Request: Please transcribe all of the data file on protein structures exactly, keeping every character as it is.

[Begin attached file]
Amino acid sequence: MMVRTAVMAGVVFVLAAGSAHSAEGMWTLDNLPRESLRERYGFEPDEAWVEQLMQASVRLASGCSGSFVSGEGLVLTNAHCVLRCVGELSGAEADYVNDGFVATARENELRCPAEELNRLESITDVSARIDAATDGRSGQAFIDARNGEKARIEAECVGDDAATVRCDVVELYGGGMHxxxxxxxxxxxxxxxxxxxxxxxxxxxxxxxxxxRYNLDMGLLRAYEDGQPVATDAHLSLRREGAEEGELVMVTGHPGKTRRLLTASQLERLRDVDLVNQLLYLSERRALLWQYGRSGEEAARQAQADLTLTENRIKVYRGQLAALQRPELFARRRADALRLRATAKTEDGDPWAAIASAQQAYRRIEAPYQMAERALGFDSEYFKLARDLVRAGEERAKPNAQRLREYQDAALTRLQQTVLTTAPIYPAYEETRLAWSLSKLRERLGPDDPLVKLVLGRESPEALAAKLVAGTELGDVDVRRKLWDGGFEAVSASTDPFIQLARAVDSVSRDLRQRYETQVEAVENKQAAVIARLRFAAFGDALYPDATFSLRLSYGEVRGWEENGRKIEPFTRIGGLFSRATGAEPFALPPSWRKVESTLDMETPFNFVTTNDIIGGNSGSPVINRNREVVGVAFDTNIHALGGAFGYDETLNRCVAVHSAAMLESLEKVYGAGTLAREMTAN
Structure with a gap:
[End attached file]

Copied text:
Amino acid sequence: MMVRTAVMAGVVFVLAAGSAHSAEGMWTLDNLPRESLRERYGFEPDEAWVEQLMQASVRLASGCSGSFVSGEGLVLTNAHCVLRCVGELSGAEADYVNDGFVATARENELRCPAEELNRLESITDVSARIDAATDGRSGQAFIDARNGEKARIEAECVGDDAATVRCDVVELYGGGMHxxxxxxxxxxxxxxxxxxxxxxxxxxxxxxxxxxRYNLDMGLLRAYEDGQPVATDAHLSLRREGAEEGELVMVTGHPGKTRRLLTASQLERLRDVDLVNQLLYLSERRALLWQYGRSGEEAARQAQADLTLTENRIKVYRGQLAALQRPELFARRRADALRLRATAKTEDGDPWAAIASAQQAYRRIEAPYQMAERALGFDSEYFKLARDLVRAGEERAKPNAQRLREYQDAALTRLQQTVLTTAPIYPAYEETRLAWSLSKLRERLGPDDPLVKLVLGRESPEALAAKLVAGTELGDVDVRRKLWDGGFEAVSASTDPFIQLARAVDSVSRDLRQRYETQVEAVENKQAAVIARLRFAAFGDALYPDATFSLRLSYGEVRGWEENGRKIEPFTRIGGLFSRATGAEPFALPPSWRKVESTLDMETPFNFVTTNDIIGGNSGSPVINRNREVVGVAFDTNIHALGGAFGYDETLNRCVAVHSAAMLESLEKVYGAGTLAREMTAN
Structure with a gap: